By now, the basics of Woodstock have passed into legend. How four men — Rosenman, his business partner John Roberts, entrepreneur Michael Lang and record executive Artie Kornfeld — wanted to put on a concert for the counterculture. How their site choices fell through. How Max Yasgur rented his dairy farm with a month to go. How the event drew half a million people, more than twice what had been expected. How it caused a huge traffic jam. How it became a free concert. How it rained. And how everyone — concertgoers and security, musicians and authorities, visitors and residents — got along and made the most of the three days with minimal violence and lots of joy. Watch why Woodstock made a difference » As a resident of the Woodstock Nation might say, the vibes were good. But that doesn’t explain how the event gave way to the myth. Elliott Landy, a photographer best known for his “Music from Big Pink” and “Nashville Skyline” portraits of The Band and Bob Dylan, respectively, believes part of Woodstock’s aura came from its isolation. “In the full Woodstock experience, you were cut off from the rest of … everyday life,” he said. “It was kind of a magic land.” Rock critic Dave Marsh, who said he was offered a ticket but didn’t go, puts it succinctly: “Woodstock was an accident. God liked that one.” But Woodstock was also at the nexus of so many swirling currents of the ’60s: the generation gap, the antiwar movement, the evolution of rock music, the growth of the youth culture. One person in Barbara Kopple’s VH1 documentary said, with still-discernable anger, “They [the establishment] were trying to kill us,” and he wasn’t kidding; the draft was ever-present, with the threat of Vietnam hanging over many heads. Music was just as divisive. Unlike today, when underground acts quickly become mainstream through word-of-Internet, the underground in 1969 was truly underground. Only the most popular rock acts appeared on prime time television, and a 1966 Harris poll reported a plurality of people over 21 disliked rock ‘n’ roll. “Longhair” and “hippie” weren’t descriptions; they were epithets. Woodstock gave the baby boomers a rallying point. If the special editions of magazines trumpeting its success weren’t enough, the movie and the soundtrack album were huge hits upon their 1970 release, bringing elements of the Woodstock experience to millions. Santana drummer Michael Shrieve, whose drum solo during the band’s “Soul Sacrifice” became an indelible Woodstock moment, remembers how fame caught him by surprise. He was waiting in line to see “Woodstock” with other band members. As the previous show let out, “We noticed that people were looking at us and pointing at us, and we didn’t know what was going on.” The band found out soon enough: On a tour of Europe, Shrieve stopped at a newsstand to pick up a magazine, and he was on the cover. “I realized this was taking off,” he said. Though much is made of the Woodstock spirit — the camaraderie, the cooperation through the rain and the mud and the traffic — not everybody bought into it. The Who’s Pete Townshend has often criticized Woodstock, disparaging The Who’s performance and calling the audience “a bunch of hypocrites”; he later plowed his Woodstock-era alienation into such songs as “Won’t Get Fooled Again.” (Townshend has also acknowledged that the Woodstock gig was “important.”) Marsh, who wrote a recent cover story on Woodstock for Relix magazine, admires the festival’s optimism but not many of its realities: the poor sanitation, the hype, the idea that getting away from society was going to solve its problems. “We were ambitious as people, and our ambition was to create a beautiful new society. … And this seemed like a step on the road to a lot of people,” he said. “I never bought the thing that the artificial wilderness was a solution to our social problems. … I think a lot of people thought if you got stoned and bonded together with a bunch of people to whom on Monday you didn’t feel bonded at all, that that was a step on the journey.” For all of the good will Woodstock created, it’s also blamed for what it didn’t do. The war didn’t end. Altamont, the hope for a West Coast Woodstock, culminated in an audience member’s slaying. And members of the “Woodstock Nation” went their separate ways. Woodstock also was the beginning of a new era in the music business — it became a “music industry,” Woodstock co-founder Lang noted. Producer-engineer Eddie Kramer, a Jimi Hendrix colleague who recorded the festival, agreed the music world changed after Woodstock. “You have to realize that, in 1969, agents and managers were in the background,” he said. “And the musicians weren’t really competing with each other. They were friendly to each other and were eager to help.” As much as “getting back to the garden,” in Joni Mitchell’s words, Woodstock now also symbolizes baby boomer nostalgia. Among the related products and events are a 6-CD box set (Rhino); an “Ultimate Collector’s Edition” DVD reissue of director Michael Wadleigh’s Oscar-winning documentary (Warner Home Video); the new Ang Lee film “Taking Woodstock”; “Woodstock Experience” remastered CDs of complete live sets by such performers as Santana and Janis Joplin (Sony/Legacy); Friday’s VH1 documentary by Oscar-winning filmmaker Barbara Kopple; a tour by the “Heroes of Woodstock”; an anniversary concert at the Woodstock site in Bethel, New York; and several books, including works by Lang and Landy. That’s a lot to pile on to what was, at its heart, a music festival, and perhaps people have expected too much from Woodstock. Just a year after the event, critic J.R. Young reviewed the soundtrack in Rolling Stone and gave voice to the disappointment and cynicism. “That’s why there will never really be a Woodstock Nation,” said a character in the review, which was written as a short story. “You won’t let anybody live on your land.” And yet “Woodstock” remains a magic word — one that, finally, refuses to reveal its secrets. Woodstock co-founder Rosenman ends up reaching for the elation of Keats’ poem “On First Looking into Chapman’s Homer” — “Then felt I like some watcher of the skies/ When a new planet swims into his ken” — when trying to describe the festival’s thrill. But he stops short of adding up the details. It was the people, he said, who made Woodstock. “That half a million-strong audience created something — they created a legend,” he said. “I actually don’t think it’s possible to do the making of that legend and explain it to the satisfaction of almost anybody. I think you’d still come away wondering, ‘What the heck made that happen’ ”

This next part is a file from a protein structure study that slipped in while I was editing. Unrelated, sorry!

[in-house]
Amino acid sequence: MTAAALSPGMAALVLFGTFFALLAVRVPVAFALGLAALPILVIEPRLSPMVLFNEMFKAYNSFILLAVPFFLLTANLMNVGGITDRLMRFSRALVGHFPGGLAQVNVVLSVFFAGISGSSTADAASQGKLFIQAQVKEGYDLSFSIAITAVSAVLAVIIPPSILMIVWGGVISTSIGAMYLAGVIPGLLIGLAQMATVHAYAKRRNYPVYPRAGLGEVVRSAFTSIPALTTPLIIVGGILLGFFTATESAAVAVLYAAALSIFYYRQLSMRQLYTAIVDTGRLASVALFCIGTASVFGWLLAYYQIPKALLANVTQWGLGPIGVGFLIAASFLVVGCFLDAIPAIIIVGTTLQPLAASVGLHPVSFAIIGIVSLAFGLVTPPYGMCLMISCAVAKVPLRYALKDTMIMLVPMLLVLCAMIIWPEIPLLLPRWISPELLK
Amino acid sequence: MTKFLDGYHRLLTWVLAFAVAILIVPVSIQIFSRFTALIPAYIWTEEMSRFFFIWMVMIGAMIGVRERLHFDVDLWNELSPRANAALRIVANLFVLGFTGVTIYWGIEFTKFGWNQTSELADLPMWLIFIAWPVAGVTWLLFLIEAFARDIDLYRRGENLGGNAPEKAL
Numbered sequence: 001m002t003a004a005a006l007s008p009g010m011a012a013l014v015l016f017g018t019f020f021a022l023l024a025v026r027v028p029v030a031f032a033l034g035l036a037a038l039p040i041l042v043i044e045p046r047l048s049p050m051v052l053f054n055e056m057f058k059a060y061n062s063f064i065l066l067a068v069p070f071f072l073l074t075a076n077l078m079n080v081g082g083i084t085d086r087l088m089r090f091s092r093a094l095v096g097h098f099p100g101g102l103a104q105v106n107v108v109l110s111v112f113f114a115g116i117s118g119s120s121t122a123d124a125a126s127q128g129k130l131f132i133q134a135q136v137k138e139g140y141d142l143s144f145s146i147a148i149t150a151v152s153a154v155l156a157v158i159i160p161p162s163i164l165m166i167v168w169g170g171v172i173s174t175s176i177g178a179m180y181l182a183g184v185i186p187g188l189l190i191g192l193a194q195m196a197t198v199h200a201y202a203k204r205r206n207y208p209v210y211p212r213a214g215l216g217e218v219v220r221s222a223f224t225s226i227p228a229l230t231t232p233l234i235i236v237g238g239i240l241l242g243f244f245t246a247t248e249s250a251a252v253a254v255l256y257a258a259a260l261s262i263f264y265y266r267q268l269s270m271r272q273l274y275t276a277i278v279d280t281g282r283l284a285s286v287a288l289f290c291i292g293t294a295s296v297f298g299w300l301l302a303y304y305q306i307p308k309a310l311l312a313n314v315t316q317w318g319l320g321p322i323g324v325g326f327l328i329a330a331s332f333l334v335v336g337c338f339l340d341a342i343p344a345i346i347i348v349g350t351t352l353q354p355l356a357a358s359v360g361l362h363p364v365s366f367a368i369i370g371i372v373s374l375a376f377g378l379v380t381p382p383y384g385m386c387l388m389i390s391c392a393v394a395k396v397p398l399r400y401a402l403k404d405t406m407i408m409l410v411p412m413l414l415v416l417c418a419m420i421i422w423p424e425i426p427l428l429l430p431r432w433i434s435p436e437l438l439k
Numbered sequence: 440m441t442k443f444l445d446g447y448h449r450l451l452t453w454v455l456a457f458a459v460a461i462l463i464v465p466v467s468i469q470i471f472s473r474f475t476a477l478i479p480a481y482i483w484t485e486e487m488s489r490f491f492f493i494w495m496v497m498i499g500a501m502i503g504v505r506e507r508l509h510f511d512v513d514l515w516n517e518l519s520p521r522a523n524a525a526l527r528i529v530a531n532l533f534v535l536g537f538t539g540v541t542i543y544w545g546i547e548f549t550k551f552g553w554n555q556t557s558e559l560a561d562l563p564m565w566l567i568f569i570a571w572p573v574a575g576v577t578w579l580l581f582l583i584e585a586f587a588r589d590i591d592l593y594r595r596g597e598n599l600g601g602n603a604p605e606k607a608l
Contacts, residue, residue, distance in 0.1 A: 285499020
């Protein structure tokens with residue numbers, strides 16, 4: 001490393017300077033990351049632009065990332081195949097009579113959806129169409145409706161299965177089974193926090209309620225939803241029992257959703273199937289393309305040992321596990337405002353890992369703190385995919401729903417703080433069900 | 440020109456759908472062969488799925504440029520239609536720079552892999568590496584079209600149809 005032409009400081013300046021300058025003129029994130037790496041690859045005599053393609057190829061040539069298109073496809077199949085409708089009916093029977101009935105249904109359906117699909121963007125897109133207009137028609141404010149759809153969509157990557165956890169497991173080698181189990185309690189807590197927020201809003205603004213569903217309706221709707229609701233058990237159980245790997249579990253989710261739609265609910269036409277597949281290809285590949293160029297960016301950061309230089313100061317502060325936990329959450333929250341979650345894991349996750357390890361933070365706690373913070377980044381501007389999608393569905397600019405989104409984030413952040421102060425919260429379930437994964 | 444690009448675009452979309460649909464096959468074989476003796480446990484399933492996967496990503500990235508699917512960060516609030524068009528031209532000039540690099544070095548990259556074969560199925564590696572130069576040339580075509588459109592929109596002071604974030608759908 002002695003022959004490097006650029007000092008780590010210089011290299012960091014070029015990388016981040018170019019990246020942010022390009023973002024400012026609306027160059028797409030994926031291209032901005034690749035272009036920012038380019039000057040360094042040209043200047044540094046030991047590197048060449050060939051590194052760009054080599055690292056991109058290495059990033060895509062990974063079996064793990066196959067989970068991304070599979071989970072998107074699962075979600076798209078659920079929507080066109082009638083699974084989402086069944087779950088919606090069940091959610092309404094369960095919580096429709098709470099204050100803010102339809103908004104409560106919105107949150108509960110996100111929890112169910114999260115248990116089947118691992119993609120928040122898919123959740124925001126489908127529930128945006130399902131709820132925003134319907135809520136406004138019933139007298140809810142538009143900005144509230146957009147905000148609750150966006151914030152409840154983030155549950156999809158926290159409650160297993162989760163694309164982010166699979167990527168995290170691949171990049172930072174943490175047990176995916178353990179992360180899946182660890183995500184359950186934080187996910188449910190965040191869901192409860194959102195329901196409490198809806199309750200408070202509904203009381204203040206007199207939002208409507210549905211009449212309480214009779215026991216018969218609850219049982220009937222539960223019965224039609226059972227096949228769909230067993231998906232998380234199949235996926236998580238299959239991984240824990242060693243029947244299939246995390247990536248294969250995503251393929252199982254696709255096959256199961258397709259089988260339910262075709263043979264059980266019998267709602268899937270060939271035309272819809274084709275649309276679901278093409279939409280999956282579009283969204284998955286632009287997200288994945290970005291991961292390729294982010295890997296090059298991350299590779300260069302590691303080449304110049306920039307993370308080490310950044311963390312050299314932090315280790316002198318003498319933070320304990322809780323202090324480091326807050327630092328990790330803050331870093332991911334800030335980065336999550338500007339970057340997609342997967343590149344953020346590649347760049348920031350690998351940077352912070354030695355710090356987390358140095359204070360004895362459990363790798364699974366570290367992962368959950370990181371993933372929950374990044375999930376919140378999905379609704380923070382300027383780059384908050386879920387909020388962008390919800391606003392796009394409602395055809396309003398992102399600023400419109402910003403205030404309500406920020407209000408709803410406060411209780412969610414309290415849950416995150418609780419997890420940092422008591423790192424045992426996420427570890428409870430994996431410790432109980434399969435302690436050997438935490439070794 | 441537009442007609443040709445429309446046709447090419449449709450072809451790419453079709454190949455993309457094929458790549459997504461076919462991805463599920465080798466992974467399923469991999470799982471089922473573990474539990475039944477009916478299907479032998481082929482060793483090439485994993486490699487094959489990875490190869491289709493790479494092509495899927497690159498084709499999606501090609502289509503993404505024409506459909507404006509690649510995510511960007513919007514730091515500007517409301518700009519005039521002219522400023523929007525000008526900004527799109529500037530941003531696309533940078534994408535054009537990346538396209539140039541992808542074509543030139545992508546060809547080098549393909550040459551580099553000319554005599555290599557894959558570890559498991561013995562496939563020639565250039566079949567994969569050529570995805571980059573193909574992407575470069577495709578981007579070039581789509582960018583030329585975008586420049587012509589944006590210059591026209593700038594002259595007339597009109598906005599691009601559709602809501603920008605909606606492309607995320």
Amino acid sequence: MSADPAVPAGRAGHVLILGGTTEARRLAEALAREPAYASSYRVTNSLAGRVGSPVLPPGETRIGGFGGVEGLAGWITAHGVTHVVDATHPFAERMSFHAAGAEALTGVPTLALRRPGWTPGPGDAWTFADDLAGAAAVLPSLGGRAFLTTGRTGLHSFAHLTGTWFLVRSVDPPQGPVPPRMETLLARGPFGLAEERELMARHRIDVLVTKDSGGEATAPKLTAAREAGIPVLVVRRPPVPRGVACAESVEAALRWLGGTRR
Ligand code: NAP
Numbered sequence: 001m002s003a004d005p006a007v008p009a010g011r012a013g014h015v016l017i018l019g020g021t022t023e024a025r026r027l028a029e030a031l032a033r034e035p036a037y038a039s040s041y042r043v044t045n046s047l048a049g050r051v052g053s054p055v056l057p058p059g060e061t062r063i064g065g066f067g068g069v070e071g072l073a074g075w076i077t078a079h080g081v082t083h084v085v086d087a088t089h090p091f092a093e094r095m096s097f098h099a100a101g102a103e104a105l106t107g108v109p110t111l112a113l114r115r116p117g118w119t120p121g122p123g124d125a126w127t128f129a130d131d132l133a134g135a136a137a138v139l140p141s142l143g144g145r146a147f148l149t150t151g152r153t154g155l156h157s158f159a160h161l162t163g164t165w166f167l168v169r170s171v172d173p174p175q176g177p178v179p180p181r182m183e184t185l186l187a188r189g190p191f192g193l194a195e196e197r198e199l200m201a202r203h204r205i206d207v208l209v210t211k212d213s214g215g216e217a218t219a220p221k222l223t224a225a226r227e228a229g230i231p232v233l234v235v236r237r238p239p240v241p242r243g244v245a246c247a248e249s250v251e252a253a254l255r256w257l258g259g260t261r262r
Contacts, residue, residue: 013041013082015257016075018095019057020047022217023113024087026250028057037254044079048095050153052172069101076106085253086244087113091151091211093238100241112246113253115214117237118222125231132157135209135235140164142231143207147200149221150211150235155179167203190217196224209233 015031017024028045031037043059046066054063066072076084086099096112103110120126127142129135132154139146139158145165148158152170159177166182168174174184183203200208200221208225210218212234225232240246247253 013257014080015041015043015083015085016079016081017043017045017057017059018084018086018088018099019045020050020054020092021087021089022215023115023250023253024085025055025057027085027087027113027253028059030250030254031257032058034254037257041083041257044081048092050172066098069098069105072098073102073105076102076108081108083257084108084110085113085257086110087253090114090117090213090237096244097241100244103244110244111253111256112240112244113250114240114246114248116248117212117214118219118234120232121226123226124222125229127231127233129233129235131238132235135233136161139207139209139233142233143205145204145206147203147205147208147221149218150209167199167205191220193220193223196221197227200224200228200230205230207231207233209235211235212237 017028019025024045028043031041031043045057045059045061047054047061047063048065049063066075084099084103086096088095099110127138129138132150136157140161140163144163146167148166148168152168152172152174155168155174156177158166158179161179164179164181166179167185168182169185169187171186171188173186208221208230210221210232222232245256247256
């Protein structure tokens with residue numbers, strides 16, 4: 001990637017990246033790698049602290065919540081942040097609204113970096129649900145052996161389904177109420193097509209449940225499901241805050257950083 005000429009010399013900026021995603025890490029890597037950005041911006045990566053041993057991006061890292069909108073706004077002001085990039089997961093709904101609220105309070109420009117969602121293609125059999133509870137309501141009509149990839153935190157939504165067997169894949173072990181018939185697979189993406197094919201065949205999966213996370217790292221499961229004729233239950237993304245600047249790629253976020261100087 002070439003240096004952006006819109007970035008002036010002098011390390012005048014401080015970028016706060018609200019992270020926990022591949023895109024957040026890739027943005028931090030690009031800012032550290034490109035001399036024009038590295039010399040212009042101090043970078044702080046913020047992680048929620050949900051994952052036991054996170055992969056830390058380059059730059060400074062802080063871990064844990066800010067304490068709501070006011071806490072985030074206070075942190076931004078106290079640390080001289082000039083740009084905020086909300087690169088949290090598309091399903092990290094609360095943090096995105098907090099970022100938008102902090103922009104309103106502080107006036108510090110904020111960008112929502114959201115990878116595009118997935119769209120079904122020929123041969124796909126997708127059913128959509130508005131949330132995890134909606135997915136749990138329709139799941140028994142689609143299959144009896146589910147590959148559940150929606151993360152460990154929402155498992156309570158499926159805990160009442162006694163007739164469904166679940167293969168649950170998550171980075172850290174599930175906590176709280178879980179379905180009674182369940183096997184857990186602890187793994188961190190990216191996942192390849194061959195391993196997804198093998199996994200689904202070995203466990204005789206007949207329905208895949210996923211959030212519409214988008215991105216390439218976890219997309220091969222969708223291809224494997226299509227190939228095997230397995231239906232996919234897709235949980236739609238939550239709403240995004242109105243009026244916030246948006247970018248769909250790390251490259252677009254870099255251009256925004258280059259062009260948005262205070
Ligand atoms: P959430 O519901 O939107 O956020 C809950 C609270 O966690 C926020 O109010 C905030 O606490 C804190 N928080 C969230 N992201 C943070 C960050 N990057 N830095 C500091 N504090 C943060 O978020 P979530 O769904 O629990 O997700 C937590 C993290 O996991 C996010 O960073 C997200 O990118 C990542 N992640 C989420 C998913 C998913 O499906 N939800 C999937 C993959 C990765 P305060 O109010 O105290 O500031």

And Shrieve, who’s long since come to terms with being known as “the guy who did the drum solo at Woodstock,” is equally philosophical about how the festival is portrayed. “It’s interesting to observe history from the viewpoint of having been there. It also gives you some insight into everything else,” he said. “I mean, any historical moment, there are people that are there and people who are not there. And when it grows into something that becomes more mythological, you see people telling the story of how it happened, and you go, ‘Wait a minute! That’s not what happened!’ ”